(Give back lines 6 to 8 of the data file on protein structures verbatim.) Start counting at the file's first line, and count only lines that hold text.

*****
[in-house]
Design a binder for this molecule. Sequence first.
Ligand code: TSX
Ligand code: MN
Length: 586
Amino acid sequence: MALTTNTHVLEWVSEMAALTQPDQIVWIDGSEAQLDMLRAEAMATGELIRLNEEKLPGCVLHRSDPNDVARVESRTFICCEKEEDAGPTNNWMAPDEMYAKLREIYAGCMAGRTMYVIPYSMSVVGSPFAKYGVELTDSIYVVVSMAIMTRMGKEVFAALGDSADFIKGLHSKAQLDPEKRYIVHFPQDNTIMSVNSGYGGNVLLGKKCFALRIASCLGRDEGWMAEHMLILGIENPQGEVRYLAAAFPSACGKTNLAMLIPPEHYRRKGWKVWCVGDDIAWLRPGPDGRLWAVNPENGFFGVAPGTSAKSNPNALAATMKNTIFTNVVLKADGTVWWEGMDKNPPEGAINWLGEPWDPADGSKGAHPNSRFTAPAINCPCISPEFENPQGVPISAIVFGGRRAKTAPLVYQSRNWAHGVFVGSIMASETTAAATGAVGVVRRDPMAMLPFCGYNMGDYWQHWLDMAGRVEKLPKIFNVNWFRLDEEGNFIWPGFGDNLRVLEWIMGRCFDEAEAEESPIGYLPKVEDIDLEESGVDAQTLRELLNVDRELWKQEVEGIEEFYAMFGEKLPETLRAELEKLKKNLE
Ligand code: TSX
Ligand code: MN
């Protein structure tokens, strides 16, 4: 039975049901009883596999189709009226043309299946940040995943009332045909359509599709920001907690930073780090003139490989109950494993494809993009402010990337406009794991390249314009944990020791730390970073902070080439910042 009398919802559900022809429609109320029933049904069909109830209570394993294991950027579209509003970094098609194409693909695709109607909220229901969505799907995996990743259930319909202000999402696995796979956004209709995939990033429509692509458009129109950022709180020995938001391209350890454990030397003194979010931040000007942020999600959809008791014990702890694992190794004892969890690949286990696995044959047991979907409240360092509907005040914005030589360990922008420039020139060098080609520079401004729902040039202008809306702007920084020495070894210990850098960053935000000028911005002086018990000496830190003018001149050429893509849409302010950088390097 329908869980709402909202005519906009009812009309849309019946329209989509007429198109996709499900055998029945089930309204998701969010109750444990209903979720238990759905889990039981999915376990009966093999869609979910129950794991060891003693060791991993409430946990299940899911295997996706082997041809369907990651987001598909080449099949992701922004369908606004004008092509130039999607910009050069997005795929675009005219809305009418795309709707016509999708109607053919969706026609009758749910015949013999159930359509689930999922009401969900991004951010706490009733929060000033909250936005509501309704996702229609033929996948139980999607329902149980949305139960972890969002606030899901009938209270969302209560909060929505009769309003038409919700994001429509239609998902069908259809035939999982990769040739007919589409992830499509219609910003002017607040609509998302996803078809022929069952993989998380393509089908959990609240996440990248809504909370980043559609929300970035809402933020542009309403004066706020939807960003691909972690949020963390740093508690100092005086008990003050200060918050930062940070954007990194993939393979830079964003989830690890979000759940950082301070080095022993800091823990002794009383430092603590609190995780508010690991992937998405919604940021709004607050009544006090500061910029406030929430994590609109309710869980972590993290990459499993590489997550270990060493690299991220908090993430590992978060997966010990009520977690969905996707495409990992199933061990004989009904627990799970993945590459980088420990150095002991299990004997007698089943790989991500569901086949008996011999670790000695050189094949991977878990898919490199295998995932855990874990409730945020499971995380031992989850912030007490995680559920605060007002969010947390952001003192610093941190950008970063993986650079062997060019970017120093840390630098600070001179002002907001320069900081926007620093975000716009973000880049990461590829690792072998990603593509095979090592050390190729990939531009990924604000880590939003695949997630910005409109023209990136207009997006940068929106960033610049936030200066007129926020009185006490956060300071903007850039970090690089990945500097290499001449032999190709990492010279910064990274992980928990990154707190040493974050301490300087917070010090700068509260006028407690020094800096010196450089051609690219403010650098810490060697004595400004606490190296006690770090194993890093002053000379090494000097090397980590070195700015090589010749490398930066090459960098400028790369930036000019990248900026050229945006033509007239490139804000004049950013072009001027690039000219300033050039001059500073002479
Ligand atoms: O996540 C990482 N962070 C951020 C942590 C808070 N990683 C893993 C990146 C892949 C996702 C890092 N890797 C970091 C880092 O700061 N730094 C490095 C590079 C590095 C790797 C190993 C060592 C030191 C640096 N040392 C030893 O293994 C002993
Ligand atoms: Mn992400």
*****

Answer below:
Amino acid sequence: MALTTNTHVLEWVSEMAALTQPDQIVWIDGSEAQLDMLRAEAMATGELIRLNEEKLPGCVLHRSDPNDVARVESRTFICCEKEEDAGPTNNWMAPDEMYAKLREIYAGCMAGRTMYVIPYSMSVVGSPFAKYGVELTDSIYVVVSMAIMTRMGKEVFAALGDSADFIKGLHSKAQLDPEKRYIVHFPQDNTIMSVNSGYGGNVLLGKKCFALRIASCLGRDEGWMAEHMLILGIENPQGEVRYLAAAFPSACGKTNLAMLIPPEHYRRKGWKVWCVGDDIAWLRPGPDGRLWAVNPENGFFGVAPGTSAKSNPNALAATMKNTIFTNVVLKADGTVWWEGMDKNPPEGAINWLGEPWDPADGSKGAHPNSRFTAPAINCPCISPEFENPQGVPISAIVFGGRRAKTAPLVYQSRNWAHGVFVGSIMASETTAAATGAVGVVRRDPMAMLPFCGYNMGDYWQHWLDMAGRVEKLPKIFNVNWFRLDEEGNFIWPGFGDNLRVLEWIMGRCFDEAEAEESPIGYLPKVEDIDLEESGVDAQTLRELLNVDRELWKQEVEGIEEFYAMFGEKLPETLRAELEKLKKNLE
Ligand code: TSX
Ligand code: MN